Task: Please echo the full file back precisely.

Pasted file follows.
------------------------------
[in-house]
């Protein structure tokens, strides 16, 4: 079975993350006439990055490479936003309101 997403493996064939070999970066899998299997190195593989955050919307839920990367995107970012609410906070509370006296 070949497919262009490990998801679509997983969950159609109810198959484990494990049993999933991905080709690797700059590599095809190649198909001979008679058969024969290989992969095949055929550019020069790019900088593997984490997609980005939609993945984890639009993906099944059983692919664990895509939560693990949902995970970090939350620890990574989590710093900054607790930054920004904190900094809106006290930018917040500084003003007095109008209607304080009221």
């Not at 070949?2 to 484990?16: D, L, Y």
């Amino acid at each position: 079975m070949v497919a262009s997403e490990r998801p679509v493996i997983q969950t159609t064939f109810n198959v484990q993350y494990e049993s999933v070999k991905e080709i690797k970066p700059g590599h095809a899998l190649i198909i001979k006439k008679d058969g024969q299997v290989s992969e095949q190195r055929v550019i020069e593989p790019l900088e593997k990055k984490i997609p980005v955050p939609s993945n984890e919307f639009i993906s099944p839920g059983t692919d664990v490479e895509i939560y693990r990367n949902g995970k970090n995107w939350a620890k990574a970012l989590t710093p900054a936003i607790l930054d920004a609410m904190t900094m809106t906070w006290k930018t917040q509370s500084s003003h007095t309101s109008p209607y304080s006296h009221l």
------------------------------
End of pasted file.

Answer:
[in-house]
């Protein structure tokens, strides 16, 4: 079975993350006439990055490479936003309101 997403493996064939070999970066899998299997190195593989955050919307839920990367995107970012609410906070509370006296 070949497919262009490990998801679509997983969950159609109810198959484990494990049993999933991905080709690797700059590599095809190649198909001979008679058969024969290989992969095949055929550019020069790019900088593997984490997609980005939609993945984890639009993906099944059983692919664990895509939560693990949902995970970090939350620890990574989590710093900054607790930054920004904190900094809106006290930018917040500084003003007095109008209607304080009221």
């Not at 070949?2 to 484990?16: D, L, Y």
């Amino acid at each position: 079975m070949v497919a262009s997403e490990r998801p679509v493996i997983q969950t159609t064939f109810n198959v484990q993350y494990e049993s999933v070999k991905e080709i690797k970066p700059g590599h095809a899998l190649i198909i001979k006439k008679d058969g024969q299997v290989s992969e095949q190195r055929v550019i020069e593989p790019l900088e593997k990055k984490i997609p980005v955050p939609s993945n984890e919307f639009i993906s099944p839920g059983t692919d664990v490479e895509i939560y693990r990367n949902g995970k970090n995107w939350a620890k990574a970012l989590t710093p900054a936003i607790l930054d920004a609410m904190t900094m809106t906070w006290k930018t917040q509370s500084s003003h007095t309101s109008p209607y304080s006296h009221l």